While you’re in the ‘hood, end the trip with a two-hour dam cruise with Harties Boat Company at R445, R220 for kids. They’re based at Harties Harbour in Kommandonek Wildlife Resort and can also hire you a jet ski or water-ski boat with a skipper.
Cablecar: Tickets R240 for adults, R150 for children.
Float your boat
If you have a few days to spare, a 4×4, and a love of isolation, head to the Northern Cape for a rafting adventure down the Orange River. You can book a half or full-day paddle, but it’s a long way to go for such a timid attempt. So rather dive in for a serious two to six-day escapade. Orange River Rafting has a family-friendly two-day Wet and Wild Experience with guides who set up camp on the river bank and cook for you. Or stay in ‘chic shacks’ instead of roughing it under canvas. Activities on the trips include guided hikes to see caves and striking rock formations in Richtersveld nature reserve and a 4×4 trail in the Nababeep desert, all adding up to a fabulously rugged outdoor expedition. Two-day trips cost from R2300.
No matter where you are in the country, there’ll be a horse riding centre somewhere near. To turn an equestrian encounter into a proper holiday, check into Moolmanshoek Private Game Reserve in the Free State. They offer rides for all levels of experience, from an hour for kids being led on horseback through the reserve to hours in the saddle for skilled riders. Follow a trail through the mountains to see Bushmen paintings, canter across the plains, or take a scenic 50km ride to Rosendal. The lodge itself has luxury, classic or mountain view rooms and also offers mountain biking routes, abseiling and overnight hiking trails.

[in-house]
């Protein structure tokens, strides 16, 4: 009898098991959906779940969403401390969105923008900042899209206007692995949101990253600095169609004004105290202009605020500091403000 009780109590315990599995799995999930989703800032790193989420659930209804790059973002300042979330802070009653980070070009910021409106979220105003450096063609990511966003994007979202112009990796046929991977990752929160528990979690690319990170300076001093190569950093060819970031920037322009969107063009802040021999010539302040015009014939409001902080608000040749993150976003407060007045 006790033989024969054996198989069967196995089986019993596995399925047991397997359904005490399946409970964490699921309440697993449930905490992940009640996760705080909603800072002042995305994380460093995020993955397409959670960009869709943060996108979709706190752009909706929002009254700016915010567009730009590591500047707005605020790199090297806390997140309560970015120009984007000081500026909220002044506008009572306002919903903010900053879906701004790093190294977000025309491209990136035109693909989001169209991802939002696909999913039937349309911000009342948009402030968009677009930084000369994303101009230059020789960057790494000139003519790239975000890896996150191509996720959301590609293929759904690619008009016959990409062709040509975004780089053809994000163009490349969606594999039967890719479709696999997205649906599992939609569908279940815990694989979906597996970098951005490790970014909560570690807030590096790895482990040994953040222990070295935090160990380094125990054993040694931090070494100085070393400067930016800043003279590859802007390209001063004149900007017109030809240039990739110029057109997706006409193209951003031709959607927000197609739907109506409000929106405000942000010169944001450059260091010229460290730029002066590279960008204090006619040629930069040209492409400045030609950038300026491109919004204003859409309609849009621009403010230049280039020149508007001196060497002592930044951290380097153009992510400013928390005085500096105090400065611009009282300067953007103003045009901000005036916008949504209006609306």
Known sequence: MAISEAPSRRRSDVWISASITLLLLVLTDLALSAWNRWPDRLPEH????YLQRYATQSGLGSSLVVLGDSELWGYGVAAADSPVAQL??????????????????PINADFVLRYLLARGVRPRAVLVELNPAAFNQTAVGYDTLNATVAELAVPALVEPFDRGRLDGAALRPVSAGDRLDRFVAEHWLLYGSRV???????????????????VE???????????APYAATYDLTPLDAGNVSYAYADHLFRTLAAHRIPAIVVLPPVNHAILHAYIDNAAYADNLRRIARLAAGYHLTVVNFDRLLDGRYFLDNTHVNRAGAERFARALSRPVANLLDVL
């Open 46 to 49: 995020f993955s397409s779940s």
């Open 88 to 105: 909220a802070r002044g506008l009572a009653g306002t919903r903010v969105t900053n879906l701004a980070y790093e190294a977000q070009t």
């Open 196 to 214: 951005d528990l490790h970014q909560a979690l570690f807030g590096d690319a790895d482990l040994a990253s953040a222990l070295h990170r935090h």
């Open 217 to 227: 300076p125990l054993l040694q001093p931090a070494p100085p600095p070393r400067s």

The thrill of soaring along in a hot air balloon is absolutely magical – you soon forget about the wicked 5am start as you drift away from the earth and watch the scenery expand around you. Some people think ballooning is a once-in-a-lifetime experience, but it really isn’t – although I’ve only done it twice so far, I can promise you the thrill doesn’t diminish!
South Africa’s longest running operator is Bill Harrop, with flights costing from R2595 in the Magaliesberg and Mabula Private Game Reserve in Bela Bela.